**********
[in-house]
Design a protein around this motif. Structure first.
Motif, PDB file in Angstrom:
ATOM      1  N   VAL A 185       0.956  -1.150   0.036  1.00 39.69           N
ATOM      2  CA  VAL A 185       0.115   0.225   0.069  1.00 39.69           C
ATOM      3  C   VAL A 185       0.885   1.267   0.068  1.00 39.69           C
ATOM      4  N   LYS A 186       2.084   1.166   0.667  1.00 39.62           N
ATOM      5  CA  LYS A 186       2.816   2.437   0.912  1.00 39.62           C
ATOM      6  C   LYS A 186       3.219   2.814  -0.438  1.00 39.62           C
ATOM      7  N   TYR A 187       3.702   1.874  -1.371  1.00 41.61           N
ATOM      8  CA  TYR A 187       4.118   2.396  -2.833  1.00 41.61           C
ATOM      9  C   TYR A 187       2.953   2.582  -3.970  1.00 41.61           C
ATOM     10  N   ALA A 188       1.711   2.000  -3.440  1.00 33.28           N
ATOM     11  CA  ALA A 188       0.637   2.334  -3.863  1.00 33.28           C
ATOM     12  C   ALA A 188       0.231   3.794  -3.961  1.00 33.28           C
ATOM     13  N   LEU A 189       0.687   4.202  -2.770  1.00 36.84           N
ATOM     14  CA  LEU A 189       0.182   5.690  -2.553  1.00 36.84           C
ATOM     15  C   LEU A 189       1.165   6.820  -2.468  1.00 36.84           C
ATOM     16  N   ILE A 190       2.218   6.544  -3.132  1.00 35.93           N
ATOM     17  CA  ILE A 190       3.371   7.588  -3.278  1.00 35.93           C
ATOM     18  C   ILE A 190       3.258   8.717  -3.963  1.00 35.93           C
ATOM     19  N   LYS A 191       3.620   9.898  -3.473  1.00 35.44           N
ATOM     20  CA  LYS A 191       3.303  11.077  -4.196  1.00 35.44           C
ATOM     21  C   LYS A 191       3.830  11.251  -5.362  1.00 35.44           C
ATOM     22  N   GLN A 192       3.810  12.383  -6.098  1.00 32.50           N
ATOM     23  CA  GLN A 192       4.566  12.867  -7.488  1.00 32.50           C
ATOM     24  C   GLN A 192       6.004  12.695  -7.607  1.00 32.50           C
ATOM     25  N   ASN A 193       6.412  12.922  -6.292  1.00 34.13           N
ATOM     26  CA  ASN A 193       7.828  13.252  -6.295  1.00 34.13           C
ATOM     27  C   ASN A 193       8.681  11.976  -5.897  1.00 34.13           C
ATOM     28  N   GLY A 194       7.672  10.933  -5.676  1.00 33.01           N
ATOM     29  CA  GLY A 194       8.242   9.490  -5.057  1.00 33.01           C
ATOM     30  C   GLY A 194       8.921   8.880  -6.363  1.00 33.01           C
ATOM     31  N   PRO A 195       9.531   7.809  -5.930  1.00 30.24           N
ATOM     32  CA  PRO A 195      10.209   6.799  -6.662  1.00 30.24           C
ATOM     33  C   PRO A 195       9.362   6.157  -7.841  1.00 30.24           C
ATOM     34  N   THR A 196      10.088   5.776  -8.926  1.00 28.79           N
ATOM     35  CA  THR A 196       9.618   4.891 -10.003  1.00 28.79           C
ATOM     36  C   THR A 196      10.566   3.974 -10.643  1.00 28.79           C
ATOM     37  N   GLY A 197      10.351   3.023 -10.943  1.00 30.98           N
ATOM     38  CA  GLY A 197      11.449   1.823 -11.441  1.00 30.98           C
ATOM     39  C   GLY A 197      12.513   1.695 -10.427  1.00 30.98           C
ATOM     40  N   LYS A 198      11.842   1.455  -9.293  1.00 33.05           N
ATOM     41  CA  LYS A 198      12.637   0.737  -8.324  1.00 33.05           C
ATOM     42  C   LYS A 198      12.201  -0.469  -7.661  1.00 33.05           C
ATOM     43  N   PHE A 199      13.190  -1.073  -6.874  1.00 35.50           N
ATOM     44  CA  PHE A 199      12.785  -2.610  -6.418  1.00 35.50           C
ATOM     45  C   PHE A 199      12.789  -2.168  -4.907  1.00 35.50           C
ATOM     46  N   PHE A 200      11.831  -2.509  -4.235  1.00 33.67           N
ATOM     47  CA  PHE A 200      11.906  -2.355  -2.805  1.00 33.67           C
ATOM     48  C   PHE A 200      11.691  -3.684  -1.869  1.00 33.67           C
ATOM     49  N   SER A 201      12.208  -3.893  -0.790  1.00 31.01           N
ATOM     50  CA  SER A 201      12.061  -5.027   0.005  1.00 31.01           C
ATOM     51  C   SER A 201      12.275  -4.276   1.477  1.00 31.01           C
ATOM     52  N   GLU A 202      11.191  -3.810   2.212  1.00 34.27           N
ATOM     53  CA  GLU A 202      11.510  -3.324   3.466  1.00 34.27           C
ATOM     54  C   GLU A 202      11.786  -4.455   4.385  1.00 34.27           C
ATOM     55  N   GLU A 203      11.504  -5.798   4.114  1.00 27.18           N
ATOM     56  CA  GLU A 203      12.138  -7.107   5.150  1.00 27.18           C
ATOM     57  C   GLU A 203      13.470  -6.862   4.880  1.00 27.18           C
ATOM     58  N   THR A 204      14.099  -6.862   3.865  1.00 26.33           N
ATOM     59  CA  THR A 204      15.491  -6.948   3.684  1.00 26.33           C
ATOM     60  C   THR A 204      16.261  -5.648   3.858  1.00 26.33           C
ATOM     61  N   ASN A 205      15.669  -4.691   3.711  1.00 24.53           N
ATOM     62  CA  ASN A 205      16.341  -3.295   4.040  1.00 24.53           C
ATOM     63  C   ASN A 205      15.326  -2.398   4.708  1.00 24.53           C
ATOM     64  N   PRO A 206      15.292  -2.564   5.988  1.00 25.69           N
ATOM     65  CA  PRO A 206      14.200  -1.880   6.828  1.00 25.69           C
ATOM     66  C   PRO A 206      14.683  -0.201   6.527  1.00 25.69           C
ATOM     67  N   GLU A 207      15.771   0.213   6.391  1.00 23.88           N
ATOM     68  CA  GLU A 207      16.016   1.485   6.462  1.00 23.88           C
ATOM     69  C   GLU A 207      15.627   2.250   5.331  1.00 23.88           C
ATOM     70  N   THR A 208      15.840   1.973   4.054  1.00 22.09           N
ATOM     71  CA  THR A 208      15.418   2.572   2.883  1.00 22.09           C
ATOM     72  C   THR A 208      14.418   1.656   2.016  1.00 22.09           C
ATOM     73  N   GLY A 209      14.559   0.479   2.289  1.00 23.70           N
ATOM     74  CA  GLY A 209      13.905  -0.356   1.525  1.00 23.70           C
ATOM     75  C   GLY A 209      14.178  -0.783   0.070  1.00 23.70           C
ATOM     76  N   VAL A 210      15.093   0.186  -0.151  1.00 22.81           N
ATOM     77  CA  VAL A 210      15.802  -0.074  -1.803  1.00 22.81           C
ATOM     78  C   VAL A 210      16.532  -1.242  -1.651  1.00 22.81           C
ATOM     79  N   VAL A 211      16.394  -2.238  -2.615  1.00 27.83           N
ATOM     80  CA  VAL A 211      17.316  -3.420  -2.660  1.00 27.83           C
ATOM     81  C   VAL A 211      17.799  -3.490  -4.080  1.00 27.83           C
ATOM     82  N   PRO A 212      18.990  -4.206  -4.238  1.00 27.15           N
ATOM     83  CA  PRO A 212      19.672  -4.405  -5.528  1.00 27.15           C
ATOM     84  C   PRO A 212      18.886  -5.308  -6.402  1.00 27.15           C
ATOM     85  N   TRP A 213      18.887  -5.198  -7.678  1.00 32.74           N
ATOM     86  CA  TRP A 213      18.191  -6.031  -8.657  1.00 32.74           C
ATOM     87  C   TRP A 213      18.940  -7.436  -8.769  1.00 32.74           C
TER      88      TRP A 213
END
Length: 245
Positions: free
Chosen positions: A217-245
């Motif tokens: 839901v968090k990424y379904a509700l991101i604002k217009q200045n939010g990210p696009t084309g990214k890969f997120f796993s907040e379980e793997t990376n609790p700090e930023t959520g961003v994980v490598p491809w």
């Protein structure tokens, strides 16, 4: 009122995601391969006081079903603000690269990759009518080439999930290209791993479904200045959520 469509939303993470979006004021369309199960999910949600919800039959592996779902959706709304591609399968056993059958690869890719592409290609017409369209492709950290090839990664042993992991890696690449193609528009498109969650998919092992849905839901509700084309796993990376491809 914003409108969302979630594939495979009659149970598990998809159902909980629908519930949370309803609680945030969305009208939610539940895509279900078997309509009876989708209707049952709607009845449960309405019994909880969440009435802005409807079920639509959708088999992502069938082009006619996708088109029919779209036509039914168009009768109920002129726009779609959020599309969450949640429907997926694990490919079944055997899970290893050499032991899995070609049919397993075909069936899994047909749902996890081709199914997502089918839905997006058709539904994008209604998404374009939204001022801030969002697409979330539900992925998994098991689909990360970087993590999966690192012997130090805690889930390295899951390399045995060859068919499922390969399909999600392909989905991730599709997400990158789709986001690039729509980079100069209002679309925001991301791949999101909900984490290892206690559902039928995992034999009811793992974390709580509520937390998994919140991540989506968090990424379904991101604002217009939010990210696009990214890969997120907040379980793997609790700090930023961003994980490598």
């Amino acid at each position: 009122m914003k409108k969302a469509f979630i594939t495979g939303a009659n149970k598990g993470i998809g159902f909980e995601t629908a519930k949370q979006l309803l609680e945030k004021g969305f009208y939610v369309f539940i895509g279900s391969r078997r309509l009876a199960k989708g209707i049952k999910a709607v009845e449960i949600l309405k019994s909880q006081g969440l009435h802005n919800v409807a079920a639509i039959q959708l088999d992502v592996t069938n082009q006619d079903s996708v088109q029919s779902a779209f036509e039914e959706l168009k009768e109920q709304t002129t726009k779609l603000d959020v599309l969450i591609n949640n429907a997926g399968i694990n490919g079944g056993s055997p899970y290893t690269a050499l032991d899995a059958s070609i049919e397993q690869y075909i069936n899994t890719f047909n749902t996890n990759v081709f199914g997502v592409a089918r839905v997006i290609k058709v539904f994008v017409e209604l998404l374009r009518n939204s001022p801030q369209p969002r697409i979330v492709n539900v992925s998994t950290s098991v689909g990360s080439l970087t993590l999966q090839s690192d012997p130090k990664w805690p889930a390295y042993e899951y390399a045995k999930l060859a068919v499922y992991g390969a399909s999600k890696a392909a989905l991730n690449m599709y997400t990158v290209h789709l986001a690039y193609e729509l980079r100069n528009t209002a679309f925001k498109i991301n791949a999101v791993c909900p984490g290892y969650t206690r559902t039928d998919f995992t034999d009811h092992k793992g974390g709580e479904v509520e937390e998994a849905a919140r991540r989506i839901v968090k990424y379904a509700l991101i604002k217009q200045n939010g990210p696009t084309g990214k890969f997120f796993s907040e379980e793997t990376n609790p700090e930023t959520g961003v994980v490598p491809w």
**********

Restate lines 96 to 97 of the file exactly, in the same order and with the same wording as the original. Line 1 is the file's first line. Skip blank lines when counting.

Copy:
């Motif tokens: 839901v968090k990424y379904a509700l991101i604002k217009q200045n939010g990210p696009t084309g990214k890969f997120f796993s907040e379980e793997t990376n609790p700090e930023t959520g961003v994980v490598p491809w």
């Protein structure tokens, strides 16, 4: 009122995601391969006081079903603000690269990759009518080439999930290209791993479904200045959520 469509939303993470979006004021369309199960999910949600919800039959592996779902959706709304591609399968056993059958690869890719592409290609017409369209492709950290090839990664042993992991890696690449193609528009498109969650998919092992849905839901509700084309796993990376491809 914003409108969302979630594939495979009659149970598990998809159902909980629908519930949370309803609680945030969305009208939610539940895509279900078997309509009876989708209707049952709607009845449960309405019994909880969440009435802005409807079920639509959708088999992502069938082009006619996708088109029919779209036509039914168009009768109920002129726009779609959020599309969450949640429907997926694990490919079944055997899970290893050499032991899995070609049919397993075909069936899994047909749902996890081709199914997502089918839905997006058709539904994008209604998404374009939204001022801030969002697409979330539900992925998994098991689909990360970087993590999966690192012997130090805690889930390295899951390399045995060859068919499922390969399909999600392909989905991730599709997400990158789709986001690039729509980079100069209002679309925001991301791949999101909900984490290892206690559902039928995992034999009811793992974390709580509520937390998994919140991540989506968090990424379904991101604002217009939010990210696009990214890969997120907040379980793997609790700090930023961003994980490598």